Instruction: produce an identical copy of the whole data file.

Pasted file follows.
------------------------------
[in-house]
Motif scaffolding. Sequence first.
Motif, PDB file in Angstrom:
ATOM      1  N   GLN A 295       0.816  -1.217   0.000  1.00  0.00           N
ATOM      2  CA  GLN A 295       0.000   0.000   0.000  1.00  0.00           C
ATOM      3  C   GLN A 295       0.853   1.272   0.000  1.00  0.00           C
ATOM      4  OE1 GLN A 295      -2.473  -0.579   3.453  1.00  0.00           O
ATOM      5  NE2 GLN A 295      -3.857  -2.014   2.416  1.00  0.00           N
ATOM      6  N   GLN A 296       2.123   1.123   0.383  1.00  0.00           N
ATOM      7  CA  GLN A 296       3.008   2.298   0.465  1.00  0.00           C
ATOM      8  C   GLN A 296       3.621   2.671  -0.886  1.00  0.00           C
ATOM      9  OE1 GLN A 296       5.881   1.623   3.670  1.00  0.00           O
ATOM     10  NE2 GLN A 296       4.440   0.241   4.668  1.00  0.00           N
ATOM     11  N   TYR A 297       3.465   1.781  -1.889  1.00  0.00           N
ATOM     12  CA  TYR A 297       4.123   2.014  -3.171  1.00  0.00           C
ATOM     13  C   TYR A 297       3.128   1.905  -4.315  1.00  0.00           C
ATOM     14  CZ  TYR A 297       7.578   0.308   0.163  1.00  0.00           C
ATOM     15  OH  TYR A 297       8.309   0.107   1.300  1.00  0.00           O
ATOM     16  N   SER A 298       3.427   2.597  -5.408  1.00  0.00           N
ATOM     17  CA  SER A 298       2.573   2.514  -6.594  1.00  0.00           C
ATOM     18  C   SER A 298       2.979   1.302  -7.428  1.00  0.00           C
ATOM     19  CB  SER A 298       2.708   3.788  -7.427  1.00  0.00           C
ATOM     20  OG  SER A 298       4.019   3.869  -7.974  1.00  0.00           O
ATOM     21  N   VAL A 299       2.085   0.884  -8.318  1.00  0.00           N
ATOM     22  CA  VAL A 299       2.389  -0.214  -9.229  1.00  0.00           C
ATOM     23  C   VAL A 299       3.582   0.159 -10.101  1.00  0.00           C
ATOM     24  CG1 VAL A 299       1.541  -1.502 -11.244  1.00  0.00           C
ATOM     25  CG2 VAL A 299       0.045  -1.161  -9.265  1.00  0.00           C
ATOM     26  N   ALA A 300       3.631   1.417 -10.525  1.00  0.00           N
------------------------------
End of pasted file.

[in-house]
Motif scaffolding. Sequence first.
Motif, PDB file in Angstrom:
ATOM      1  N   GLN A 295       0.816  -1.217   0.000  1.00  0.00           N
ATOM      2  CA  GLN A 295       0.000   0.000   0.000  1.00  0.00           C
ATOM      3  C   GLN A 295       0.853   1.272   0.000  1.00  0.00           C
ATOM      4  OE1 GLN A 295      -2.473  -0.579   3.453  1.00  0.00           O
ATOM      5  NE2 GLN A 295      -3.857  -2.014   2.416  1.00  0.00           N
ATOM      6  N   GLN A 296       2.123   1.123   0.383  1.00  0.00           N
ATOM      7  CA  GLN A 296       3.008   2.298   0.465  1.00  0.00           C
ATOM      8  C   GLN A 296       3.621   2.671  -0.886  1.00  0.00           C
ATOM      9  OE1 GLN A 296       5.881   1.623   3.670  1.00  0.00           O
ATOM     10  NE2 GLN A 296       4.440   0.241   4.668  1.00  0.00           N
ATOM     11  N   TYR A 297       3.465   1.781  -1.889  1.00  0.00           N
ATOM     12  CA  TYR A 297       4.123   2.014  -3.171  1.00  0.00           C
ATOM     13  C   TYR A 297       3.128   1.905  -4.315  1.00  0.00           C
ATOM     14  CZ  TYR A 297       7.578   0.308   0.163  1.00  0.00           C
ATOM     15  OH  TYR A 297       8.309   0.107   1.300  1.00  0.00           O
ATOM     16  N   SER A 298       3.427   2.597  -5.408  1.00  0.00           N
ATOM     17  CA  SER A 298       2.573   2.514  -6.594  1.00  0.00           C
ATOM     18  C   SER A 298       2.979   1.302  -7.428  1.00  0.00           C
ATOM     19  CB  SER A 298       2.708   3.788  -7.427  1.00  0.00           C
ATOM     20  OG  SER A 298       4.019   3.869  -7.974  1.00  0.00           O
ATOM     21  N   VAL A 299       2.085   0.884  -8.318  1.00  0.00           N
ATOM     22  CA  VAL A 299       2.389  -0.214  -9.229  1.00  0.00           C
ATOM     23  C   VAL A 299       3.582   0.159 -10.101  1.00  0.00           C
ATOM     24  CG1 VAL A 299       1.541  -1.502 -11.244  1.00  0.00           C
ATOM     25  CG2 VAL A 299       0.045  -1.161  -9.265  1.00  0.00           C
ATOM     26  N   ALA A 300       3.631   1.417 -10.525  1.00  0.00           N